Gambling Disorders – Why Do People Gamble?


Throughout history, people have wagered money and other items of value on random events with the hope of winning something else of value. In modern times, gamblers can wager on sports events, horse races, casino games and even lottery draws. Many people engage in gambling for social reasons, such as betting on a friend’s hand at cards or throwing the dice with their friends. People can also gamble for financial reasons, hoping to win a jackpot that will change their lives. Others gamble to pass the time or to relieve boredom.

Many people who engage in gambling do not develop harmful behaviour, but for those whose actions become a problem, it is important to understand why they continue to play. This can help them stop and seek help for their gambling addiction.

A person’s personality, environment and genetic predisposition are factors that influence how likely they are to develop problems with gambling. For example, some people have a strong tendency to be impulsive and will easily lose control of their behavior in the face of an immediate reward. They may find it hard to resist the temptation to throw the dice again after a big win. These individuals are at higher risk of developing a gambling disorder.

The psychiatric community has long viewed pathological gambling as a type of impulse control disorder, which includes other impulsive behaviours such as kleptomania (stealing) and pyromania (setting fires). In the latest version of the Diagnostic and Statistical Manual of Mental Disorders (DSM-5), the American Psychiatric Association has moved pathological gambling from its own section to the Addictions chapter, putting it alongside other addictive behaviors such as cocaine use and alcohol abuse.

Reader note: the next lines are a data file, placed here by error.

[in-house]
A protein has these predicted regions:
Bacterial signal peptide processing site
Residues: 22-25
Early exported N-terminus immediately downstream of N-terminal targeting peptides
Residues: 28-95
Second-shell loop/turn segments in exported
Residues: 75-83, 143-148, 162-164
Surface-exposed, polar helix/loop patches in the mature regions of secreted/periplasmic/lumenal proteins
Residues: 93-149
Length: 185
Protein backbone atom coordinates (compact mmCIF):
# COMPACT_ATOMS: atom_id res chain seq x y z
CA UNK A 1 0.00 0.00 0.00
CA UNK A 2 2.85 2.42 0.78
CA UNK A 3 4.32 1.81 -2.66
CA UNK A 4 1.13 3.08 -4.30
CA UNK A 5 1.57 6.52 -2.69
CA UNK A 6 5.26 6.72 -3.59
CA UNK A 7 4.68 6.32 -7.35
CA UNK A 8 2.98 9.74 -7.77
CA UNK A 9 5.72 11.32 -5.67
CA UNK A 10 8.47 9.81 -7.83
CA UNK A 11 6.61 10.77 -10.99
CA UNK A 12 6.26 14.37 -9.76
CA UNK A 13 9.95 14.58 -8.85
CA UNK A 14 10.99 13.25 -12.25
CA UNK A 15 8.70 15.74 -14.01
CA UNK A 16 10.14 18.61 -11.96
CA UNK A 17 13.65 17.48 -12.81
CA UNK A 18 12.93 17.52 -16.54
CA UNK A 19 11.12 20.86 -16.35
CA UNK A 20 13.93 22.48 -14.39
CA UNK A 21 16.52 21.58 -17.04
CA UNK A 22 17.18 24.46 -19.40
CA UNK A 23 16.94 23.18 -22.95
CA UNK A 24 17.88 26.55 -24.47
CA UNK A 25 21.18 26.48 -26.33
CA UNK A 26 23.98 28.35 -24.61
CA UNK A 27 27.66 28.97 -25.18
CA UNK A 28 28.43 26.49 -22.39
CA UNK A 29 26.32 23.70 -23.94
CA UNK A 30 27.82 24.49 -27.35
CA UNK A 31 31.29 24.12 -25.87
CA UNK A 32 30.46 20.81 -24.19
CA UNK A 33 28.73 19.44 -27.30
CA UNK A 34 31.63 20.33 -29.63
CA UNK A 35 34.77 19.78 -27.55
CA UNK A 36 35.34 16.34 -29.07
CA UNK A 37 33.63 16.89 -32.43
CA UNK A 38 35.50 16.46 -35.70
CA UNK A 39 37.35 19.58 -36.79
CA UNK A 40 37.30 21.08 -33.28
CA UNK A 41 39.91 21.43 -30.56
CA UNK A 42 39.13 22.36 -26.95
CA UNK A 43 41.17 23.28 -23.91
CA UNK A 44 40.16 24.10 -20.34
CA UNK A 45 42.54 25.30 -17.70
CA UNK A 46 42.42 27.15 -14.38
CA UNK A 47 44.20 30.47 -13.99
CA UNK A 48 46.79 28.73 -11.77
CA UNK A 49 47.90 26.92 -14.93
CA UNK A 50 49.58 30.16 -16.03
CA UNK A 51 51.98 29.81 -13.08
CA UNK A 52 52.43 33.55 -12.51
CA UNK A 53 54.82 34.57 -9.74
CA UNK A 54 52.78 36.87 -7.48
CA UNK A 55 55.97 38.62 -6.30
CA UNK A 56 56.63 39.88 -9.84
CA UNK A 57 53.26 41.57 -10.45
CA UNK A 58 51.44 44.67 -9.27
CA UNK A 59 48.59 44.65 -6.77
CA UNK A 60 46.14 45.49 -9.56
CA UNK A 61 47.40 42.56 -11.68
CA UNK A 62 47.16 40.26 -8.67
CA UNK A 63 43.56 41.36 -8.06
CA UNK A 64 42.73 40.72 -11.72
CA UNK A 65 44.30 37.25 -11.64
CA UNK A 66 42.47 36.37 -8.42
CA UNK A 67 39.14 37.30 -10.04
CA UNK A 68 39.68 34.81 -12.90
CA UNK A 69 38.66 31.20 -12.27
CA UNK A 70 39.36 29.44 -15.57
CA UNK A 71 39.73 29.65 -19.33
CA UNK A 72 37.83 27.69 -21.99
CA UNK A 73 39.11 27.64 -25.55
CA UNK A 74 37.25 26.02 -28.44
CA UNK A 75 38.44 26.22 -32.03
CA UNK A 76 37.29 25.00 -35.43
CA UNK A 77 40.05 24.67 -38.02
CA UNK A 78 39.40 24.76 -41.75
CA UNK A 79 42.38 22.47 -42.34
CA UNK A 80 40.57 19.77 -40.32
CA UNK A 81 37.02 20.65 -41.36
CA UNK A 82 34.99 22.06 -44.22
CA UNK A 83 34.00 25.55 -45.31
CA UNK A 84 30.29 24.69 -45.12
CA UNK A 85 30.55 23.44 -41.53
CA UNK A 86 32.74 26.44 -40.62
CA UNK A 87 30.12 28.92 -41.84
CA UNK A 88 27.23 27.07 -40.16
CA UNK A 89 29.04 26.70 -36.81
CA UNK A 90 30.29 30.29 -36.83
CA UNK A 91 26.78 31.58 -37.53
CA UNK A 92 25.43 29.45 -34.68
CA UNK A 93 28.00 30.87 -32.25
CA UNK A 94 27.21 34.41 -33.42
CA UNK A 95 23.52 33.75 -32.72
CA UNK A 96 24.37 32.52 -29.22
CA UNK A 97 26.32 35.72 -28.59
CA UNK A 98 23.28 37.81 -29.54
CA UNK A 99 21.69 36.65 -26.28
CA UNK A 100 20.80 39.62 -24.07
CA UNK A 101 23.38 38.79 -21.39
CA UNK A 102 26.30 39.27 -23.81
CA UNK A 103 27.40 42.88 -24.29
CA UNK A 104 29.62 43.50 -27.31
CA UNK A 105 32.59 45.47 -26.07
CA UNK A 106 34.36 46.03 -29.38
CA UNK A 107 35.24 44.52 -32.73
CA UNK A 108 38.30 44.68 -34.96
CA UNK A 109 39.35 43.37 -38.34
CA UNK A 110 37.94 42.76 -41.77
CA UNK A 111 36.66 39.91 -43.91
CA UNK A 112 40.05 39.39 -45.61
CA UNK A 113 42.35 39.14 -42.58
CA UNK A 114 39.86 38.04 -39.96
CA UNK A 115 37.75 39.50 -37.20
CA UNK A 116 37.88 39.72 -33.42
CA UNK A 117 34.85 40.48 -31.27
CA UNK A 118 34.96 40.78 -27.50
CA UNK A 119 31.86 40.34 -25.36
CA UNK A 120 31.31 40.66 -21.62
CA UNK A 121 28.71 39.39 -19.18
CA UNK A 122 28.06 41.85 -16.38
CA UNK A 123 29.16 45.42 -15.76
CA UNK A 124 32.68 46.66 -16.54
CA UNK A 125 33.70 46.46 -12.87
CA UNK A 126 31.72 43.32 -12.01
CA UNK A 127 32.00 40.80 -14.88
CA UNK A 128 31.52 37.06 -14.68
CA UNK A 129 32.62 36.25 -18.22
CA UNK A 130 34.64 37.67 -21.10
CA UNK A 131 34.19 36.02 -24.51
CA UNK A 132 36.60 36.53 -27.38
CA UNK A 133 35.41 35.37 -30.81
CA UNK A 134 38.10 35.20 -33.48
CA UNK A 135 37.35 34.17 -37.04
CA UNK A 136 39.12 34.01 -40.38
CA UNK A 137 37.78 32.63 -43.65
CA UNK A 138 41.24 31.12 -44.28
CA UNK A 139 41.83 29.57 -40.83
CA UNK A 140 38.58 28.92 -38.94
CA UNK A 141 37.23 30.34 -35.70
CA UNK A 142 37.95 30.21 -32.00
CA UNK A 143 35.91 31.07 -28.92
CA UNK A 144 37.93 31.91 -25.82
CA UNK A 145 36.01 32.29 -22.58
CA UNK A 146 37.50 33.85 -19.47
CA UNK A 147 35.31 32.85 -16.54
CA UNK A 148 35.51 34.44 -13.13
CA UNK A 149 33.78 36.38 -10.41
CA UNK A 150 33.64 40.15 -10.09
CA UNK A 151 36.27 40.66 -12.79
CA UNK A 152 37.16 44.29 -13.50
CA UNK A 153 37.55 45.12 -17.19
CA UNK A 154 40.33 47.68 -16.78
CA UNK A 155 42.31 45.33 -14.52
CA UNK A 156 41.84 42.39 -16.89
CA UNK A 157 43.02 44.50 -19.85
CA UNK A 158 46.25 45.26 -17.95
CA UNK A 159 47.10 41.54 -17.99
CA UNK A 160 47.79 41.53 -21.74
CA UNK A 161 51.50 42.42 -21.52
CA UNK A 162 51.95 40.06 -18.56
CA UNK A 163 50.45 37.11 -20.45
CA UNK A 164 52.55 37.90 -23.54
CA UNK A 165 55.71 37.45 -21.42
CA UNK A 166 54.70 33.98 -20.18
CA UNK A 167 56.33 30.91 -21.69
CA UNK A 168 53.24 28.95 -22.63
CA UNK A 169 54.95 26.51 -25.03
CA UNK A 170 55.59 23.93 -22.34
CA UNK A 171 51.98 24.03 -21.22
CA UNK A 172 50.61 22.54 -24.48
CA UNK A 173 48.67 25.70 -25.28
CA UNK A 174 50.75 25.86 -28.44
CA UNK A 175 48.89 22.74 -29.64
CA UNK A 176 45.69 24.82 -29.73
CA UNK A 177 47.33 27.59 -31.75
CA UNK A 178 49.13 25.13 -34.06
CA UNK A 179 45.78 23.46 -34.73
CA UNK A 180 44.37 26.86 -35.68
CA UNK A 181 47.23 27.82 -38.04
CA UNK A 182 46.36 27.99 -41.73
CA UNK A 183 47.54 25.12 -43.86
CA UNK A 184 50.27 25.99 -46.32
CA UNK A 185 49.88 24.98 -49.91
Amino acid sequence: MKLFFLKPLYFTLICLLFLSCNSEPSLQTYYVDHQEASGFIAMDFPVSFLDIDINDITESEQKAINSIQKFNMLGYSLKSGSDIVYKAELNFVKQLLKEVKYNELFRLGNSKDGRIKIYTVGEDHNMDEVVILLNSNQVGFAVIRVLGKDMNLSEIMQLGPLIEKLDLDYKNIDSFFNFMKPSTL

In addition to this, the DSM-5 criteria for a diagnosis of a gambling disorder include damage or disruption to the individual’s life, loss of control over their gambling activities and preoccupation with gambling. Despite these criteria, many psychiatrists have different views about how gambling should be classified and what is involved in the treatment of a person who has developed a problem with this activity.

Some people who enjoy gambling for social or financial reasons can easily walk away from their game, while others may continue to gamble until they spend all their money or even more. For some, this can be due to their irrational belief that a series of losses is a sign of a coming win or that they can win back their money by continually upping their bets. For this reason, it is important to be aware of the risks associated with gambling, including the possible onset of an addiction. By attending Safeguarding Training courses, you can learn how to spot and address potential issues before they escalate. You will also gain knowledge of the best practices to follow when working with vulnerable adults.